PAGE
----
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Article
October 22, 1982

Anaphylaxis to a Component of Isoetharine (Sodium Bisulfite)

Author Affiliations

From the Division of Allergy, Children's Hospital Medical Center (Dr Twarog), and the Department of Pediatrics, Harvard Medical School (Dr Leung), Boston.

JAMA. 1982;248(16):2030-2031. doi:10.1001/jama.1982.03330160078030
Abstract

ADVERSE reactions to preservatives used in foods and medications are being recognized with increasing frequency. We have recently seen an asthmatic patient in whom wheezing and anaphylactoid symptoms developed after the administration of isoetharine hydrochloride and metoclopramide hydrochloride on separate occasions. The purpose of this report is to document that these hypersensitivity reactions resulted from sodium bisulfite, a preservative, used in the vehicles of these two drugs.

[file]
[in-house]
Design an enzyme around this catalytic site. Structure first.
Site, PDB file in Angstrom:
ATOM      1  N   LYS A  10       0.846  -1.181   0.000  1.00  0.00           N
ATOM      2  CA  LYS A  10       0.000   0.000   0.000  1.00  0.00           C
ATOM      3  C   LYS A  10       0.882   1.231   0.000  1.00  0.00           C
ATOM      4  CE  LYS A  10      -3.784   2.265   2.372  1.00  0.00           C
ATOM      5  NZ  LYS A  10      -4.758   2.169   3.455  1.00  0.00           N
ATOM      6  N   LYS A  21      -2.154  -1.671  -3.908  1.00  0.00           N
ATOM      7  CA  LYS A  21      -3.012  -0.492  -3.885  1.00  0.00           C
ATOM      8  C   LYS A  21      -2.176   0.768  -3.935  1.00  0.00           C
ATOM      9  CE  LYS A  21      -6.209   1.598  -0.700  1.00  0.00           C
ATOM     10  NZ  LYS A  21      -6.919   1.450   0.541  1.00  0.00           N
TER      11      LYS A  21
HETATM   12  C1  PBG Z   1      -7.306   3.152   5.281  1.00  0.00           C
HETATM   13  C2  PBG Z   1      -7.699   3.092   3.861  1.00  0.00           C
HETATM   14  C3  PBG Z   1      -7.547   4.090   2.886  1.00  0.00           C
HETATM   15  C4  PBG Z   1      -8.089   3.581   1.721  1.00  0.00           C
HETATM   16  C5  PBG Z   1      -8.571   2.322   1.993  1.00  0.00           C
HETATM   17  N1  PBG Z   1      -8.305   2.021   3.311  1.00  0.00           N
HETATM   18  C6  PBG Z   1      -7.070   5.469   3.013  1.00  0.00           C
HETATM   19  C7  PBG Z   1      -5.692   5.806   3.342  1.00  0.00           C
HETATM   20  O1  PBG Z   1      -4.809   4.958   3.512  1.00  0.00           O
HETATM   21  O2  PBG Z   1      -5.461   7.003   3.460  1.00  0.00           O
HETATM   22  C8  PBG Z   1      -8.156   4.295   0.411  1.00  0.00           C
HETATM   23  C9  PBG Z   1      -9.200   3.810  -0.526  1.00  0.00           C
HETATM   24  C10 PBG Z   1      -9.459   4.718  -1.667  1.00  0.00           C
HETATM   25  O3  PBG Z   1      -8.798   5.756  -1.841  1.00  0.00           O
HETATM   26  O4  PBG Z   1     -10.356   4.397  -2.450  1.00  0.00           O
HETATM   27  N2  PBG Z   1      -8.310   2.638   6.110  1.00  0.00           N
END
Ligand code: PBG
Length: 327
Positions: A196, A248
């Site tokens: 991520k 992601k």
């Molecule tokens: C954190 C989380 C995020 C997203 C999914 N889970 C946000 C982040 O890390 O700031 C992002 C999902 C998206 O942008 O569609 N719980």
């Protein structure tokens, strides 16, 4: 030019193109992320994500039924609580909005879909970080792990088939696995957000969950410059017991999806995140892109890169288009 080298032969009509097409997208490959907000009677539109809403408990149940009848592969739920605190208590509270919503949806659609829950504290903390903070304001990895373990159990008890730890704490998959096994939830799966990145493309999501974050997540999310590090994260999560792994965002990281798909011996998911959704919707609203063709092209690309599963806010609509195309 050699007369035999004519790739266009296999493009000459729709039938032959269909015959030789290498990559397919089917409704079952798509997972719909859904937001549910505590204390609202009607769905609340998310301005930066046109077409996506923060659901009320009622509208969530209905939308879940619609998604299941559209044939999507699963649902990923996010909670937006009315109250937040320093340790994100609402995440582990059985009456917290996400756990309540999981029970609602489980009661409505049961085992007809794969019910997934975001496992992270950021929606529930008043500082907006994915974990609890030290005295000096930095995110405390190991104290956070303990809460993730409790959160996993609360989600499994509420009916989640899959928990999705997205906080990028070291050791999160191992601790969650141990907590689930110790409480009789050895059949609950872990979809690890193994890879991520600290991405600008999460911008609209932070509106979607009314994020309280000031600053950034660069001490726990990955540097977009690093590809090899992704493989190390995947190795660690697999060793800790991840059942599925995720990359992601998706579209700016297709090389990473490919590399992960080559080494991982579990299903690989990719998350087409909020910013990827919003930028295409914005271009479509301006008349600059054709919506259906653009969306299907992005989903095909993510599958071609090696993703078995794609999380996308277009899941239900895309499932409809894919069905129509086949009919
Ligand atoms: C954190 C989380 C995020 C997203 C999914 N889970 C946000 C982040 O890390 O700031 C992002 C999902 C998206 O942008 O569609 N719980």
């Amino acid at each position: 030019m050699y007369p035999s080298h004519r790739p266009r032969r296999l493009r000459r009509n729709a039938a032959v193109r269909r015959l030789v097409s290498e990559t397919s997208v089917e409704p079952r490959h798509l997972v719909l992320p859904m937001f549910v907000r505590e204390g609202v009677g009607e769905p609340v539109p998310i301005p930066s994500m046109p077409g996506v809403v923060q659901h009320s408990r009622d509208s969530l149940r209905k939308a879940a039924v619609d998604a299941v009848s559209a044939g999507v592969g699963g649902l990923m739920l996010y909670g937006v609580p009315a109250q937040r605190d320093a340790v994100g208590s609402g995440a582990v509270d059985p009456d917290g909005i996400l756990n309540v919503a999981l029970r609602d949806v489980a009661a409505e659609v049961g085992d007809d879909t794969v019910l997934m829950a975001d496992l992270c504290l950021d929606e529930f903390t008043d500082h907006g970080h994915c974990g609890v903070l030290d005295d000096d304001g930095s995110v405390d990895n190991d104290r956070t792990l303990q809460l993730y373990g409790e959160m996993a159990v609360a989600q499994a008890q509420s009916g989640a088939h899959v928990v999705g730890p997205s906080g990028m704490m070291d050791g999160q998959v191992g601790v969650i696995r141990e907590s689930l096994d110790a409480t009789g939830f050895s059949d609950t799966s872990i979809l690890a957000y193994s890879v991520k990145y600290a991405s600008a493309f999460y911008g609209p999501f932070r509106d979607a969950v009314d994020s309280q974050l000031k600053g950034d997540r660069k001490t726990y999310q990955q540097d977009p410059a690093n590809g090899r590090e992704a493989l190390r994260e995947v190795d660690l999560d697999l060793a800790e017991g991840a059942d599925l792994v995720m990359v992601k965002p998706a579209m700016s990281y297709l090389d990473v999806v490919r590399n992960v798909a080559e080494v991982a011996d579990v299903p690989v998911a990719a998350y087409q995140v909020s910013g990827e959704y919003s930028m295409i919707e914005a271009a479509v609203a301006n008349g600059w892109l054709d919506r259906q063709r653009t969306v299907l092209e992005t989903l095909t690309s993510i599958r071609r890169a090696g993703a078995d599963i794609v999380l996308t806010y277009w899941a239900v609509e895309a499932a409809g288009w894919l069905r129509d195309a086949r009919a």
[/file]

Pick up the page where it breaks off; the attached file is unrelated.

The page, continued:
Report of a Case  The patient was an 18-year-old woman who had had perennial asthma since the age of 15 years. The first episode of wheezing occurred in 1974 while she was vacationing in Europe. While eating lunch, consisting of a hamburger and french fries, diffuse urticaria and wheezing developed and she required emergency therapy. She had eaten similar meals on previous occasions without difficulty.After her return to the United States, the patient experienced recurrent episodes of wheezing while eating restaurant meals.

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